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[Review] 1,000 Creative Writing Prompts (eBook)

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“I don’t think it’s fair that She offloaded this reviewing gig to us,” Sparky complained.

Enigma was scrolling through the eBook, paw on the track pad. “How ARE we supposed to review this? It’s not even the kind of book you have to read from front to back.”

Sparky peered at the screen with his beady little eyes. “1,000 Creative Writing Prompts: Ideas for Blogs, Scripts, Stories and More, by Bryan Cohen,” he read aloud. “So it’s a book on how She’s supposed to write more, cept She’s not. Where do we start, Mi Mi?”

The cat grimaced. Mi Mi was her real name, but in the spirit of autonomy, she chose another. Still, it didn’t stop Sparky from using it when he wanted to annoy her. She came from a franchise of children’s toys. Her best pal the pig was rescued from a reject shop, so that could account for his occasional lack of class.

“From the beginning,” she decided, rolling the document back to the top. “There we go. Reviews. Praise for 1,000 Creative Writing Prompts (Volume 1) by Bryan Cohen. This book inspires me to write more… yadda yadda banana.”

Sparky giggled. “You think any of them actually read the whole thing? No, we need another strategy. This is a book of writing prompts, right?” He rested an arm on Enigma’s back and leaned in. “Tap the down button to the next part… there. The author Bryan Cohen explains why he put together a book of prompts. It’s because you won’t feel like starting from scratch if someone hands you a place to look.”

Enigma flexed a fore paw. “I won’t mind giving Someone a scratch if it’s going to get Her started on…”

Sparky scratched his feline friend soothingly behind an ear. She forgot about wanting to scratch anyone and purred.

“Let’s see what else this says,” suggested Sparky. “Scroll, scroll, scroll, stop.”

“How to write from prompts,” Enigma read. “Seriously, porkchop, he pulled all 1,000 ideas from his head and put it in this eBook, and made the prompts open ended so it can be used over and over. So it’s really 1,000 multiplied by infinity and nobody should run out of ideas.”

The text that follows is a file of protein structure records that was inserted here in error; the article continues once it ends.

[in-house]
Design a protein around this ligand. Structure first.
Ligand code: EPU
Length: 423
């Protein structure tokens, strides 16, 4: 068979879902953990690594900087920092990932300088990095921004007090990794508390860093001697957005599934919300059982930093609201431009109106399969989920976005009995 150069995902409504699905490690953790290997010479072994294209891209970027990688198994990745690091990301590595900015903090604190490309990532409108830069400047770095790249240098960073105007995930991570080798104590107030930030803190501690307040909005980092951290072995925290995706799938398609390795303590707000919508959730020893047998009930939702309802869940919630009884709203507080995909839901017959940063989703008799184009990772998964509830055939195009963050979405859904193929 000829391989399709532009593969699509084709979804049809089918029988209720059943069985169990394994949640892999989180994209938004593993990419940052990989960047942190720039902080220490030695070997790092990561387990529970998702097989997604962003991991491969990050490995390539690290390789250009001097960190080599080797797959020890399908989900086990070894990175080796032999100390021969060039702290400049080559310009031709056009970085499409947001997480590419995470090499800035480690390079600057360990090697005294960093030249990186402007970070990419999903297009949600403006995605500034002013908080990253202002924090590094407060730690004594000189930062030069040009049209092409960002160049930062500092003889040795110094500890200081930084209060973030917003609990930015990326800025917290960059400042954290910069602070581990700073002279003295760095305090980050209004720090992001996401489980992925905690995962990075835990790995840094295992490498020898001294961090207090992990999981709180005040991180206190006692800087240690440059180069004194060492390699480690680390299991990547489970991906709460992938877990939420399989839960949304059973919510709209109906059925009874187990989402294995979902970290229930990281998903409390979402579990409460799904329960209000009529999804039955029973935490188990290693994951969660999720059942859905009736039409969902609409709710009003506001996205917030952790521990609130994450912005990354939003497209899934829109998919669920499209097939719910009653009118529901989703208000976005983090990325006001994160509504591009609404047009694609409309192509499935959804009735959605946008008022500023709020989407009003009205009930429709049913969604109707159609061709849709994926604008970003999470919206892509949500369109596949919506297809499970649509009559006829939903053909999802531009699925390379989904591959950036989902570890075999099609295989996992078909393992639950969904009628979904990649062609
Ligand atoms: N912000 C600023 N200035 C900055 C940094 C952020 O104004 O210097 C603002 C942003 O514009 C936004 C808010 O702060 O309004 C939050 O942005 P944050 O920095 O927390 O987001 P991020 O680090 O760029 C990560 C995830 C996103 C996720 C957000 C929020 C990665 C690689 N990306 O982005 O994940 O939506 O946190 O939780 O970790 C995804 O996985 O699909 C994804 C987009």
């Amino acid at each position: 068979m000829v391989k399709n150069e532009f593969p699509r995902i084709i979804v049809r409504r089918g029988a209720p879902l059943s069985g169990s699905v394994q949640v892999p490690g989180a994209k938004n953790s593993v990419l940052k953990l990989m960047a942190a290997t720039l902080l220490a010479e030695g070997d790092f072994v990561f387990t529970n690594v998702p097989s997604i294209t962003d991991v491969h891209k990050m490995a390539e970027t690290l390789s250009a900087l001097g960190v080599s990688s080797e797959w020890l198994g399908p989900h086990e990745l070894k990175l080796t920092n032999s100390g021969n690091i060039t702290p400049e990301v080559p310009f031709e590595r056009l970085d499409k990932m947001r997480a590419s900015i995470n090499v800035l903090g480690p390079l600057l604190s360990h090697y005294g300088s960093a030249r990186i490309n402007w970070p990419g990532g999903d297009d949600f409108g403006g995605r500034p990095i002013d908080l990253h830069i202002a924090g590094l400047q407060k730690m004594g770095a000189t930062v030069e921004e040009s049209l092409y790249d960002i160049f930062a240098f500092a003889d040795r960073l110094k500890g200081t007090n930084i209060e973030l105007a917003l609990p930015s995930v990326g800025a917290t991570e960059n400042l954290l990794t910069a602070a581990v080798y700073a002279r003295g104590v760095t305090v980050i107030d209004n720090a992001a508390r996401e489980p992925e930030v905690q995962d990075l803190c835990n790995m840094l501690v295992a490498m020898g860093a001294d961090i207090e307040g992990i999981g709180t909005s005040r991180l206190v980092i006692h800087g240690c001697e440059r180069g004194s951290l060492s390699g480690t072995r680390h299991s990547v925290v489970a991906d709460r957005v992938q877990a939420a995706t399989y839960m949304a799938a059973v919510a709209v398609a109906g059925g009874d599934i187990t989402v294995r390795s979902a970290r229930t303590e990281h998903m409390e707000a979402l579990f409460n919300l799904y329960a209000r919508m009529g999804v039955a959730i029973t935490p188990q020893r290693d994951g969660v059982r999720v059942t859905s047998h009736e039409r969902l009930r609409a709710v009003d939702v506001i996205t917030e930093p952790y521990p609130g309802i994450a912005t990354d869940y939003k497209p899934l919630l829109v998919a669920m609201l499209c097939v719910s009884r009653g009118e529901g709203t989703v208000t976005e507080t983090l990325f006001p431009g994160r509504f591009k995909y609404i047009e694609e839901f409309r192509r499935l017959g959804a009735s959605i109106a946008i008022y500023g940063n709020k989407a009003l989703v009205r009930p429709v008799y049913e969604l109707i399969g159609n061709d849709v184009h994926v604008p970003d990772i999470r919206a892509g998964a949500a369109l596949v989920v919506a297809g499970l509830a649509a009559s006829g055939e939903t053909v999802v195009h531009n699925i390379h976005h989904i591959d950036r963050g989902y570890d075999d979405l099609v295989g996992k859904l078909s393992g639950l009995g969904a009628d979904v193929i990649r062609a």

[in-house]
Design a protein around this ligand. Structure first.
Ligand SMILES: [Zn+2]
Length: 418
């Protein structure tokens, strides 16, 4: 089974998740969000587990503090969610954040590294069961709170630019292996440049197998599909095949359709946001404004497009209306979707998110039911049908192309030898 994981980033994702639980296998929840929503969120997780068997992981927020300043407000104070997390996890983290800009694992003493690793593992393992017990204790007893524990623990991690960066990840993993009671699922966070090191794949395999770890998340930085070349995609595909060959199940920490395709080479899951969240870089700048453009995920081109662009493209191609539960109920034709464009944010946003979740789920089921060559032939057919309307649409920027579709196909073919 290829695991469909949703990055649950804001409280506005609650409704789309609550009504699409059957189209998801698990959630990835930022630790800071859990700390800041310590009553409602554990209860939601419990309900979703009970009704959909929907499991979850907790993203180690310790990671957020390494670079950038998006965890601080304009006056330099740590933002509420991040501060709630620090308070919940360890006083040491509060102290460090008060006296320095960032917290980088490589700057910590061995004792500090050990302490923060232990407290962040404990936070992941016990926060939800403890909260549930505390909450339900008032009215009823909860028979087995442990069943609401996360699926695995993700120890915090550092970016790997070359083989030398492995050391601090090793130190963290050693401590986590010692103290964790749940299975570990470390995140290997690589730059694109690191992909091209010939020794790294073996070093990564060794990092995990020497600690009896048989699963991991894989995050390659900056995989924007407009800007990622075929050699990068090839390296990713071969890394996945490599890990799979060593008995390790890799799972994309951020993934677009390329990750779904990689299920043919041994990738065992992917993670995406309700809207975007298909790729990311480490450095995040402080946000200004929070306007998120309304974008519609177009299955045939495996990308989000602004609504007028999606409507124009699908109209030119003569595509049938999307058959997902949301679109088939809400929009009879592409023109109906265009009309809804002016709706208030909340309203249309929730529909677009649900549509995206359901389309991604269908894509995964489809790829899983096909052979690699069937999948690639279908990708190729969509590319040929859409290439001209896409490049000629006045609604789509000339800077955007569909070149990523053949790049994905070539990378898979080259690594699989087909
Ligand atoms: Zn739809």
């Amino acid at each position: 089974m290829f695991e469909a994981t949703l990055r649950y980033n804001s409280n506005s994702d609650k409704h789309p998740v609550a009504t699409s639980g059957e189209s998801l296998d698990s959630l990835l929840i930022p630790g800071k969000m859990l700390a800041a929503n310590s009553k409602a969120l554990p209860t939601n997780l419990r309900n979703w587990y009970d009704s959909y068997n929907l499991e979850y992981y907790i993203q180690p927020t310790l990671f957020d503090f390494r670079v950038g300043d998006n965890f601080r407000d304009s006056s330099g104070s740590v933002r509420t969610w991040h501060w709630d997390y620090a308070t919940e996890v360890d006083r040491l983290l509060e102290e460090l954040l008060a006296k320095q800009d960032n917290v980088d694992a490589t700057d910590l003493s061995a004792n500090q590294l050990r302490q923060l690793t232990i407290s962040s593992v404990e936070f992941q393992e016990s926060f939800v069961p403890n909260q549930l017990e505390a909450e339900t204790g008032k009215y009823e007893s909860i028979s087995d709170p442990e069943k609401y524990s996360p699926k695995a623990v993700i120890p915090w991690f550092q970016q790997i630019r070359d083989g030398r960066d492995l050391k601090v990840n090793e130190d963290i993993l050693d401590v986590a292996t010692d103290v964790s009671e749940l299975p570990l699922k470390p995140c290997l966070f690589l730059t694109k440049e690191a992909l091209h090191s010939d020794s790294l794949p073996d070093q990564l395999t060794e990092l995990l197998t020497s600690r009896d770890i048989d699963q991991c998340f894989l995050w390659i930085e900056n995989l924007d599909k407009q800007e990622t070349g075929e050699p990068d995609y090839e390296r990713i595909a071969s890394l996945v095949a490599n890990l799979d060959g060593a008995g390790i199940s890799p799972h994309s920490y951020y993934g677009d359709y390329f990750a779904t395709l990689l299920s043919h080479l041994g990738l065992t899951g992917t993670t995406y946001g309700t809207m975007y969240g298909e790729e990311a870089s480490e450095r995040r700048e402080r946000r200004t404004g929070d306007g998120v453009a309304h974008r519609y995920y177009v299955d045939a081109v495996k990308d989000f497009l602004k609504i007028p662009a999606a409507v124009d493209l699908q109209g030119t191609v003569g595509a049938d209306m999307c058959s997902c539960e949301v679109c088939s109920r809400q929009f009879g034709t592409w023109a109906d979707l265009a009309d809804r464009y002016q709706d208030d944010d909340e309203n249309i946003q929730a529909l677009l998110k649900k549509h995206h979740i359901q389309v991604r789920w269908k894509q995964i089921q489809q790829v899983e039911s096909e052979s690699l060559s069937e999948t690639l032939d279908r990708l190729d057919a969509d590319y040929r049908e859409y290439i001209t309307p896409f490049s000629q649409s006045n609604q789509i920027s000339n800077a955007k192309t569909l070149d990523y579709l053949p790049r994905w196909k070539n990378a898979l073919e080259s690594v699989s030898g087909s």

“Okay. So he gives an example here of how you can reuse the same prompt. We should try it out, Mi Mi!”

Enigma sighed. “How do you pick one prompt out of 1,000 when nobody really cares…”

“Pick a number between 1 and 1,000!”

“Six-six-six,” the cat said drily, and leaned on the track pad since her paw was still on it. They both watched words flying upwards for a few seconds. The 500’s rolled by and Enigma stopped leaning in favour of tapping until they reached the 600’s.

“Did you see that? There were sections. The prompts are divided into sections,” Sparky said. “I saw Holidays near the top but 666 is under a sub-category called ‘Writing’, which is under ‘Literature and Genre’.”

They both peered blankly at item 666:

How do other people affect your writing? Talk about how a different people in your life change your writing after you interact with them.

The cat was the first to shrug. “I won’t know. I’m a cat. You’re a pig. We’re just messing around.”

“I’ll pick a number. Um, forty-two.”

“All the way up again? Nice.”

“Sorry. But that’s the only significant number I can think of.”

“Sometimes I’d sit and wonder about 42. But it hurts my head.”

Sparky’s choice said:

42. You are visiting four thanksgivings in one weekend (a la “Four Christmases”). How do you eat all that food? Which one is the best? Who are these people you’re visiting?

“I’d take a spoon of everything, just a spoon, put it on my plate and eat it all,” decided Sparky. “Then I’d move on to the next house.”

“I’d just eat my fill at the first house and take a nap. Who cares about the other houses when one is sufficient?”

“Can we just pick another one and be done with it? All this talk of food is making me hungry.”

Enigma switched over to the browser and typed in “Let’s just make it fair and let a random number generator pick the last number,” she said.

The result box shows the figure 353. Enigma found the entry and they both stared at the prompt:

A body has been found and the dental records show it is your best friend. The parents have asked you to go and identify the body. Describe the experience.

 After a pregnant silence, Enigma started laughing.

“What’s so funny?” asked Sparky. “That’s pretty grim!”

She stopped laughing. “Ok, Sparky, how would you write this?”

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Sparky’s Story

I have dreaded this moment since Mi Mi Enigma went missing after the party. Her parents decided to stay outside while I go identify the body. As I walked slowly towards the oddly-shaped lump under the sheet, I felt scared. What if I can’t tell if it was her or not? If they had to identify her by her teeth, would it mean that she would look like a toothless old cat?